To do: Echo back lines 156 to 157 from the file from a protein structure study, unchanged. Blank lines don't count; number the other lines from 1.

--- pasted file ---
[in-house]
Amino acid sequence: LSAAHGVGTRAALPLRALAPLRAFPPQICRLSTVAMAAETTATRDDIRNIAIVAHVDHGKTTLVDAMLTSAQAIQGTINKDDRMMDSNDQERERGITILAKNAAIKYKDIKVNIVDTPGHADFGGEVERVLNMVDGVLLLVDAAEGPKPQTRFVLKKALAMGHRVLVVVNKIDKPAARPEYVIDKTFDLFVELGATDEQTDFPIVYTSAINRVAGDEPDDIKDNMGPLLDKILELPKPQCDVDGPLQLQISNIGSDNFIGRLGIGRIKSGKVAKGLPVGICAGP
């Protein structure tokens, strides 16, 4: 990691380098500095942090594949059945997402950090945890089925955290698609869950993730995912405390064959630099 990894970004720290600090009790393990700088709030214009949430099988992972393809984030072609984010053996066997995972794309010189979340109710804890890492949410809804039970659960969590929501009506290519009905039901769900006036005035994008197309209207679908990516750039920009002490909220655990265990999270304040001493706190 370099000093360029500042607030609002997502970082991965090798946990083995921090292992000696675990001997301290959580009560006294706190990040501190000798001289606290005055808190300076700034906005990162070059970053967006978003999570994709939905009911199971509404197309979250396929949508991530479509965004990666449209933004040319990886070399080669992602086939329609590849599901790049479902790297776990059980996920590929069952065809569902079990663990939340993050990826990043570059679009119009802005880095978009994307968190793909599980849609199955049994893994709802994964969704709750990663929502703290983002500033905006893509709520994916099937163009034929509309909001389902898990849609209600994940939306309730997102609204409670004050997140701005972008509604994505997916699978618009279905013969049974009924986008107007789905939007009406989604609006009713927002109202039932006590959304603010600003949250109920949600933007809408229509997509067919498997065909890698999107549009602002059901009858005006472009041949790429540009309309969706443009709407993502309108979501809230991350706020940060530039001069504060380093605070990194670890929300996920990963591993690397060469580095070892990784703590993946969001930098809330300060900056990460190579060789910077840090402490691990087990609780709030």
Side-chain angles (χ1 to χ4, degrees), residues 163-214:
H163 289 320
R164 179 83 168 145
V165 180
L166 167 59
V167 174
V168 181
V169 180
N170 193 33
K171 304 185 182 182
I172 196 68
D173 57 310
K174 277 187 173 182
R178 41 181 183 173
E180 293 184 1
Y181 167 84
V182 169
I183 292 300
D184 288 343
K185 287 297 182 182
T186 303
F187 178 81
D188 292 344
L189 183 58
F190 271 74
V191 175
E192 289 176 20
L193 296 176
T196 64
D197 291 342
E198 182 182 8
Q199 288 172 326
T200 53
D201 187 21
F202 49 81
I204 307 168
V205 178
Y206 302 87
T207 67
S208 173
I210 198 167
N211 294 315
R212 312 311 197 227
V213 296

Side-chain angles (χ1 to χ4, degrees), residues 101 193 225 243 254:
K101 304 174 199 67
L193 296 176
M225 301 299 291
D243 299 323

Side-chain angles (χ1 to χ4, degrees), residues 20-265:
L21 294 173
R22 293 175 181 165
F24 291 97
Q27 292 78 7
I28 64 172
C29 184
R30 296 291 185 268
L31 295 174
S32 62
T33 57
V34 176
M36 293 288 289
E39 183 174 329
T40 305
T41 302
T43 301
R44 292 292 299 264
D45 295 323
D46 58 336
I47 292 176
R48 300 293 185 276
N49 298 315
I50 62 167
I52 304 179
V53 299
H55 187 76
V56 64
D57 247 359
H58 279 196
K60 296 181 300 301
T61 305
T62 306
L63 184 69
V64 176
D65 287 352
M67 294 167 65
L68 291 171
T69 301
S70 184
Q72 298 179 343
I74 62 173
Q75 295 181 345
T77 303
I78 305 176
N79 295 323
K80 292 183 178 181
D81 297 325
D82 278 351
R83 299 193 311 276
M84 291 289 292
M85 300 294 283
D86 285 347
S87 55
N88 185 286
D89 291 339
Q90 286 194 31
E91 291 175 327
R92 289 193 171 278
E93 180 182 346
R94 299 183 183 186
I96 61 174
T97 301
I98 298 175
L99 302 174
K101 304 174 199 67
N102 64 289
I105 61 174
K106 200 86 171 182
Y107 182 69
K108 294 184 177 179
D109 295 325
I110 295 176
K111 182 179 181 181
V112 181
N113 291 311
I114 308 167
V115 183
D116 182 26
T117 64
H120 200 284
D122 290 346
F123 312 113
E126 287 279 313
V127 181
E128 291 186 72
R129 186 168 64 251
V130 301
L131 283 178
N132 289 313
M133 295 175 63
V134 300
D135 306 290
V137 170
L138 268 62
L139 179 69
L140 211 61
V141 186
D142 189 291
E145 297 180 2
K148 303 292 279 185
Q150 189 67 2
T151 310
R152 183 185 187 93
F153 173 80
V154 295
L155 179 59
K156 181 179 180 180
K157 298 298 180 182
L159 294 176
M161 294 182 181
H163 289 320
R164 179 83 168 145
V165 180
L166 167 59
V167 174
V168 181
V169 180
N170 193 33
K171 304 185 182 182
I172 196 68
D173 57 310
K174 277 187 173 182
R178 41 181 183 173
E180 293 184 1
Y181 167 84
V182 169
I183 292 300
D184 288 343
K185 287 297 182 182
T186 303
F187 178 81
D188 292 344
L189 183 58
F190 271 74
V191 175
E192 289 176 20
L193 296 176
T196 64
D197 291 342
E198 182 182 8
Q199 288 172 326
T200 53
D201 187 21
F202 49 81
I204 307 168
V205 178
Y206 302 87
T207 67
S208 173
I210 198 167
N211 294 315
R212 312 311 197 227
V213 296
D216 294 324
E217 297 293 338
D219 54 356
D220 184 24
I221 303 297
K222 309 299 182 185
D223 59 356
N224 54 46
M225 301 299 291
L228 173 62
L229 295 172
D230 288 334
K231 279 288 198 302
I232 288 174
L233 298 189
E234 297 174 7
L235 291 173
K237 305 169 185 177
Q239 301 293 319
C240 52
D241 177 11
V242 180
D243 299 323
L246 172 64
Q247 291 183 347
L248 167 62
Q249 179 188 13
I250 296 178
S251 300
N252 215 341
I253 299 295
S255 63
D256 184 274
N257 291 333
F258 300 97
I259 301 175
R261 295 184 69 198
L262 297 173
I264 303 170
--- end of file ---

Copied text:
R152 183 185 187 93
F153 173 80